- Associated Press - Wednesday, October 19, 2016

Defending champion Ivory Coast was drawn against Morocco and former coach Herve Renard in the group stage of next year’s African Cup of Nations, which organizers say will go ahead in Gabon despite deadly violence there following a disputed presidential election.

President Ali Bongo Ondimba, who was accused by his opponent of vote-rigging in an election he ultimately won by a razor-thin margin, was present for Wednesday’s draw in the Gabonese capital Libreville. He sat watching from the front row but didn’t address the gathering, leaving his prime minister to offer assurances that Gabon - itself a stand-in host for war-torn Libya - would be able to safely hold the 16-team African championship in January.

Opponents of Ondimba, who has been president since 2009, and whose family has ruled oil-rich Gabon since the 1960s, say around 100 people have been killed in clashes since August’s election. There are concerns that the three-week African Cup will act as a catalyst for more opposition protests, and possibly another violent government crackdown.

Even before the deteriorating political situation, the central African nation faced scrutiny over two of its four venues for the soccer games. Libreville and the eastern city of Franceville, Ondimba’s home town, previously held games when Gabon co-hosted the African Cup with neighbor Equatorial Guinea in 2012. But new and untested 20,000-seat stadiums in Oyem in the north and Port Gentil on the coast will host top-level soccer for the first time. Those stadiums face a race to be ready in time, and the quality of the facilities is unknown.

The African Cup is used to organizational problems, though.

None of the last three tournaments have been hosted by the country that was initially awarded them. South Africa replaced Libya in 2013. Equatorial Guinea stood in for Morocco in 2015 after Morocco withdrew because of fears over the spread of Ebola. Gabon was chosen to host for the second time in four years after Libya was again unable to stage the 2017 championship.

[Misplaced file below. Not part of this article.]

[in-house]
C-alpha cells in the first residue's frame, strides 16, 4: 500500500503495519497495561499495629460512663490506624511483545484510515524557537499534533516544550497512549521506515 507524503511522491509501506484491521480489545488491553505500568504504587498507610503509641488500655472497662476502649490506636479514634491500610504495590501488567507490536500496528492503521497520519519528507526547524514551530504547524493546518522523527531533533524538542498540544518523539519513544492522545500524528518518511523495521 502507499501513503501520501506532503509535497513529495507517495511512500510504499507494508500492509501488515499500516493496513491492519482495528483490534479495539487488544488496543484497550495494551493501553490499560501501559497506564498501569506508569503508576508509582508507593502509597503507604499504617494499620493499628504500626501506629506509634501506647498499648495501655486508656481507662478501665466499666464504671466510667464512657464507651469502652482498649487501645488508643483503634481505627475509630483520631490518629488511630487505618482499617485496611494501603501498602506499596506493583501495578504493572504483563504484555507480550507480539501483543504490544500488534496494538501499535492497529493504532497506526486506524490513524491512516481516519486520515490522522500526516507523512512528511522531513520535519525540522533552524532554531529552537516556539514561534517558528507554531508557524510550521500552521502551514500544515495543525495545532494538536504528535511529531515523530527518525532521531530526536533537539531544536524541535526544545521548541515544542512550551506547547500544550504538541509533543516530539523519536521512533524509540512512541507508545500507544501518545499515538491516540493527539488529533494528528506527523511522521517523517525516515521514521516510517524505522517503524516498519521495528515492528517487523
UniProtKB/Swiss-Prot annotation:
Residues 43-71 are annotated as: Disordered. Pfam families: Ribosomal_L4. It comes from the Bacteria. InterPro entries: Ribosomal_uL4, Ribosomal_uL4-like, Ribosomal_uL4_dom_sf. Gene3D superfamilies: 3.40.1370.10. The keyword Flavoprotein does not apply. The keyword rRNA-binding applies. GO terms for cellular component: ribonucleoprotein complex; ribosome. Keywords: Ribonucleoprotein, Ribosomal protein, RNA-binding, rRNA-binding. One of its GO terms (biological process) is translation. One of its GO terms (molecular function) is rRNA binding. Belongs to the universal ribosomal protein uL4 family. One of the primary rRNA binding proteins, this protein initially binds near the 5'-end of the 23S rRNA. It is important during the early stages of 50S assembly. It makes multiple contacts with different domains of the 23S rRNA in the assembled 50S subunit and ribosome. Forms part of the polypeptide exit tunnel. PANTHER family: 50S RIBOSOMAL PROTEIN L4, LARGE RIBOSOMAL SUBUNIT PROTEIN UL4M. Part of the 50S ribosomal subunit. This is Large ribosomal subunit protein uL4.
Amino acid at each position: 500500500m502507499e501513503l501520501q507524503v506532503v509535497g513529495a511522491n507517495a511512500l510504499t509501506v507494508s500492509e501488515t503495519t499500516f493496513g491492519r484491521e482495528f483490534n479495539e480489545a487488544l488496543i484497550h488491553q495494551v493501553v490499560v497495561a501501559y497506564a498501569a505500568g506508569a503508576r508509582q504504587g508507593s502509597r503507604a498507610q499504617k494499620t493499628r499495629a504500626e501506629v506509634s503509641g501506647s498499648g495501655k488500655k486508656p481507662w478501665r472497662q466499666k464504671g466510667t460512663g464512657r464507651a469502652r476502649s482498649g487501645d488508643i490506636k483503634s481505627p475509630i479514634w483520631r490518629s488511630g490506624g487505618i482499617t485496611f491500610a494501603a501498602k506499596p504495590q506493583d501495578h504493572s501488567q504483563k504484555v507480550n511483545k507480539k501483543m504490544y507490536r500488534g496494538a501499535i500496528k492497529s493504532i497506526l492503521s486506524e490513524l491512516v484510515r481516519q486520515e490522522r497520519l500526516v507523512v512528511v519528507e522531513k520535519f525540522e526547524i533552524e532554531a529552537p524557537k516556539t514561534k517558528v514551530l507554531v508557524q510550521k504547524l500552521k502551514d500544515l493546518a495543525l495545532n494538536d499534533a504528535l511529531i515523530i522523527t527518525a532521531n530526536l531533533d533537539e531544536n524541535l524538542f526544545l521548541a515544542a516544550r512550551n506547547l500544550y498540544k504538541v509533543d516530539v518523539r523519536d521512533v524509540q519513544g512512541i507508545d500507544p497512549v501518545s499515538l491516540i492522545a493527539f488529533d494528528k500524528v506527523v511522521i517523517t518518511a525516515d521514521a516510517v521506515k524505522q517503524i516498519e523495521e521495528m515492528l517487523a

On the field, the game between Renard’s Morocco and Ivory Coast, which the Frenchman led to a long-awaited African title in Equatorial Guinea last year, will gain the most attention in Group C in Oyem, one of those two new venues. Congo and Togo make up that group.

Seven-time champion Egypt, returning to the African Cup for the first time since 2010, will face four-time winner Ghana in Group D in Port Gentil. Egypt beat Ghana in the 2010 final, when it completed a run of three straight titles before its own political upheaval led to a major dip in the team’s fortunes. Mali and Uganda also play in Group D, with Uganda qualifying for the first time since 1978.

Host Gabon’s biggest challenge in Group A is Cameroon. Gabon plays the opening game of the tournament in Libreville on Jan. 14 against Guinea-Bissau, which was the biggest surprise in qualifying and is making its African Cup debut. Burkina Faso makes up Group A.

North African rivals Algeria and Tunisia face what’s likely to be a passionate meeting in Group B in Franceville, which also contains Senegal and Zimbabwe, which is at its first African Cup since 2006.

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